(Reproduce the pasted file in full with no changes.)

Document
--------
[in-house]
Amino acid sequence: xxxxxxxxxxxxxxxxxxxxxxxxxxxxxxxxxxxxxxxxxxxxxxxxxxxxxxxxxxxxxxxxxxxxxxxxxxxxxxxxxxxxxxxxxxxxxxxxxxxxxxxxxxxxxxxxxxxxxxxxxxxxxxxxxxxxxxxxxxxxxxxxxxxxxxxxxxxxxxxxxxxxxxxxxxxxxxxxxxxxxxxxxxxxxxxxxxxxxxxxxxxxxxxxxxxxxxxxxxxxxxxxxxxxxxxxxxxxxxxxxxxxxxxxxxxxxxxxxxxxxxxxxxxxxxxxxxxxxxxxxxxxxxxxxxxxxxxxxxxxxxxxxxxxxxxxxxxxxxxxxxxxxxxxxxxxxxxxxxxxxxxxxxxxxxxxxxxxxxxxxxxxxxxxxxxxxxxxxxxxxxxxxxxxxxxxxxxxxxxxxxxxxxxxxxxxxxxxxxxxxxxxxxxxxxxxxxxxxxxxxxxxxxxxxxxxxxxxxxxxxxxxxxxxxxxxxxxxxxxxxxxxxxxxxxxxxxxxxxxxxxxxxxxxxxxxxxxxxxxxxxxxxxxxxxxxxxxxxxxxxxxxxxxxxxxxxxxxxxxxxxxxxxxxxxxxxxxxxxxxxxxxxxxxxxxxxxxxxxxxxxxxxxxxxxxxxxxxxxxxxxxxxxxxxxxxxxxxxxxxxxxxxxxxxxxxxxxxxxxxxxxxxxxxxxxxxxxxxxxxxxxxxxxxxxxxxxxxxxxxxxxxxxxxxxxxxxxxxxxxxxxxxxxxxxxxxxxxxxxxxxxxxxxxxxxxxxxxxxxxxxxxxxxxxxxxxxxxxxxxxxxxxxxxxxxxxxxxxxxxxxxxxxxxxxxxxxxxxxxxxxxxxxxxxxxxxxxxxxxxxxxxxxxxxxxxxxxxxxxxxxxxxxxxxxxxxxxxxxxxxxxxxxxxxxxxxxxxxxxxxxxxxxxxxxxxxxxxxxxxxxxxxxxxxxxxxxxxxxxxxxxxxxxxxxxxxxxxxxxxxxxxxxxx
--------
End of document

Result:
[in-house]
Amino acid sequence: xxxxxxxxxxxxxxxxxxxxxxxxxxxxxxxxxxxxxxxxxxxxxxxxxxxxxxxxxxxxxxxxxxxxxxxxxxxxxxxxxxxxxxxxxxxxxxxxxxxxxxxxxxxxxxxxxxxxxxxxxxxxxxxxxxxxxxxxxxxxxxxxxxxxxxxxxxxxxxxxxxxxxxxxxxxxxxxxxxxxxxxxxxxxxxxxxxxxxxxxxxxxxxxxxxxxxxxxxxxxxxxxxxxxxxxxxxxxxxxxxxxxxxxxxxxxxxxxxxxxxxxxxxxxxxxxxxxxxxxxxxxxxxxxxxxxxxxxxxxxxxxxxxxxxxxxxxxxxxxxxxxxxxxxxxxxxxxxxxxxxxxxxxxxxxxxxxxxxxxxxxxxxxxxxxxxxxxxxxxxxxxxxxxxxxxxxxxxxxxxxxxxxxxxxxxxxxxxxxxxxxxxxxxxxxxxxxxxxxxxxxxxxxxxxxxxxxxxxxxxxxxxxxxxxxxxxxxxxxxxxxxxxxxxxxxxxxxxxxxxxxxxxxxxxxxxxxxxxxxxxxxxxxxxxxxxxxxxxxxxxxxxxxxxxxxxxxxxxxxxxxxxxxxxxxxxxxxxxxxxxxxxxxxxxxxxxxxxxxxxxxxxxxxxxxxxxxxxxxxxxxxxxxxxxxxxxxxxxxxxxxxxxxxxxxxxxxxxxxxxxxxxxxxxxxxxxxxxxxxxxxxxxxxxxxxxxxxxxxxxxxxxxxxxxxxxxxxxxxxxxxxxxxxxxxxxxxxxxxxxxxxxxxxxxxxxxxxxxxxxxxxxxxxxxxxxxxxxxxxxxxxxxxxxxxxxxxxxxxxxxxxxxxxxxxxxxxxxxxxxxxxxxxxxxxxxxxxxxxxxxxxxxxxxxxxxxxxxxxxxxxxxxxxxxxxxxxxxxxxxxxxxxxxxxxxxxxxxxxxxxxxxxxxxxxxxxxxxxxxxxxxxxxxxxxxxxxxxxxxxxxxxxxxxxxxxxxxxxxxxxxxxxxxx